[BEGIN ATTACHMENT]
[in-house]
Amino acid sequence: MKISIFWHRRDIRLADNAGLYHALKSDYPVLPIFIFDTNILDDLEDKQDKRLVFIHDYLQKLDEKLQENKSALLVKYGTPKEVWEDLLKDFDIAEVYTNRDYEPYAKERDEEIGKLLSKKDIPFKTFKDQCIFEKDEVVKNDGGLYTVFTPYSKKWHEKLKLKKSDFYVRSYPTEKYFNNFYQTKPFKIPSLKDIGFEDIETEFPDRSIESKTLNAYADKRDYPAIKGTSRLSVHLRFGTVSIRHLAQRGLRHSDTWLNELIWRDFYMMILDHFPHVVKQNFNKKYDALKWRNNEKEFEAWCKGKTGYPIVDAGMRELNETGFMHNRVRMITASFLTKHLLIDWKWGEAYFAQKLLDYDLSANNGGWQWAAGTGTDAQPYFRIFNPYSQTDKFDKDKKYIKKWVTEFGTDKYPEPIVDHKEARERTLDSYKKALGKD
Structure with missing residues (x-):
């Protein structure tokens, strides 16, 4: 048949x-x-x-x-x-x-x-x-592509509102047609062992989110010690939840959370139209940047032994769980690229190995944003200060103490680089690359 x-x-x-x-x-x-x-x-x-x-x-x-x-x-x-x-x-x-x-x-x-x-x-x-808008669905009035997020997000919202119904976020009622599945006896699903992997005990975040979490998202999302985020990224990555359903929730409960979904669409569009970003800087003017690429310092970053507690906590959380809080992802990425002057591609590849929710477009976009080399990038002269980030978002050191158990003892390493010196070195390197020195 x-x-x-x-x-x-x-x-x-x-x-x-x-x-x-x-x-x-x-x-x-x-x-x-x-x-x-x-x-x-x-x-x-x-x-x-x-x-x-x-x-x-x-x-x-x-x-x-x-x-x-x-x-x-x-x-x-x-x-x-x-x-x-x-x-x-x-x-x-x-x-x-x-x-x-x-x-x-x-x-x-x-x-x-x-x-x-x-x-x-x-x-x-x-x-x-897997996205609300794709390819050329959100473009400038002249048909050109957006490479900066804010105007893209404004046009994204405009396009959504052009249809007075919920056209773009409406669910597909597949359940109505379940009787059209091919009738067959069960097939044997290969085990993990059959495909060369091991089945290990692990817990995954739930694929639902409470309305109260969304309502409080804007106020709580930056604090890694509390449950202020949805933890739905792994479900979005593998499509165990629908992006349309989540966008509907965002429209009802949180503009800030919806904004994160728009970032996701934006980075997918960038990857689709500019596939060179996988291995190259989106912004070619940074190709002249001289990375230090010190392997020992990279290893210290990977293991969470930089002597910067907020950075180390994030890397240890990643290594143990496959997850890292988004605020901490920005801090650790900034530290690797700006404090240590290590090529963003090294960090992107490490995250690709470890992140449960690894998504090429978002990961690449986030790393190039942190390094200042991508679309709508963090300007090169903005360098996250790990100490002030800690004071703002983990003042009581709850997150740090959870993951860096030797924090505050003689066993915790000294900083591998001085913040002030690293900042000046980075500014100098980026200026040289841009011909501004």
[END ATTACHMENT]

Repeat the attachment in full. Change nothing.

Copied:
[in-house]
Amino acid sequence: MKISIFWHRRDIRLADNAGLYHALKSDYPVLPIFIFDTNILDDLEDKQDKRLVFIHDYLQKLDEKLQENKSALLVKYGTPKEVWEDLLKDFDIAEVYTNRDYEPYAKERDEEIGKLLSKKDIPFKTFKDQCIFEKDEVVKNDGGLYTVFTPYSKKWHEKLKLKKSDFYVRSYPTEKYFNNFYQTKPFKIPSLKDIGFEDIETEFPDRSIESKTLNAYADKRDYPAIKGTSRLSVHLRFGTVSIRHLAQRGLRHSDTWLNELIWRDFYMMILDHFPHVVKQNFNKKYDALKWRNNEKEFEAWCKGKTGYPIVDAGMRELNETGFMHNRVRMITASFLTKHLLIDWKWGEAYFAQKLLDYDLSANNGGWQWAAGTGTDAQPYFRIFNPYSQTDKFDKDKKYIKKWVTEFGTDKYPEPIVDHKEARERTLDSYKKALGKD
Structure with missing residues (x-):
């Protein structure tokens, strides 16, 4: 048949x-x-x-x-x-x-x-x-592509509102047609062992989110010690939840959370139209940047032994769980690229190995944003200060103490680089690359 x-x-x-x-x-x-x-x-x-x-x-x-x-x-x-x-x-x-x-x-x-x-x-x-808008669905009035997020997000919202119904976020009622599945006896699903992997005990975040979490998202999302985020990224990555359903929730409960979904669409569009970003800087003017690429310092970053507690906590959380809080992802990425002057591609590849929710477009976009080399990038002269980030978002050191158990003892390493010196070195390197020195 x-x-x-x-x-x-x-x-x-x-x-x-x-x-x-x-x-x-x-x-x-x-x-x-x-x-x-x-x-x-x-x-x-x-x-x-x-x-x-x-x-x-x-x-x-x-x-x-x-x-x-x-x-x-x-x-x-x-x-x-x-x-x-x-x-x-x-x-x-x-x-x-x-x-x-x-x-x-x-x-x-x-x-x-x-x-x-x-x-x-x-x-x-x-x-x-897997996205609300794709390819050329959100473009400038002249048909050109957006490479900066804010105007893209404004046009994204405009396009959504052009249809007075919920056209773009409406669910597909597949359940109505379940009787059209091919009738067959069960097939044997290969085990993990059959495909060369091991089945290990692990817990995954739930694929639902409470309305109260969304309502409080804007106020709580930056604090890694509390449950202020949805933890739905792994479900979005593998499509165990629908992006349309989540966008509907965002429209009802949180503009800030919806904004994160728009970032996701934006980075997918960038990857689709500019596939060179996988291995190259989106912004070619940074190709002249001289990375230090010190392997020992990279290893210290990977293991969470930089002597910067907020950075180390994030890397240890990643290594143990496959997850890292988004605020901490920005801090650790900034530290690797700006404090240590290590090529963003090294960090992107490490995250690709470890992140449960690894998504090429978002990961690449986030790393190039942190390094200042991508679309709508963090300007090169903005360098996250790990100490002030800690004071703002983990003042009581709850997150740090959870993951860096030797924090505050003689066993915790000294900083591998001085913040002030690293900042000046980075500014100098980026200026040289841009011909501004």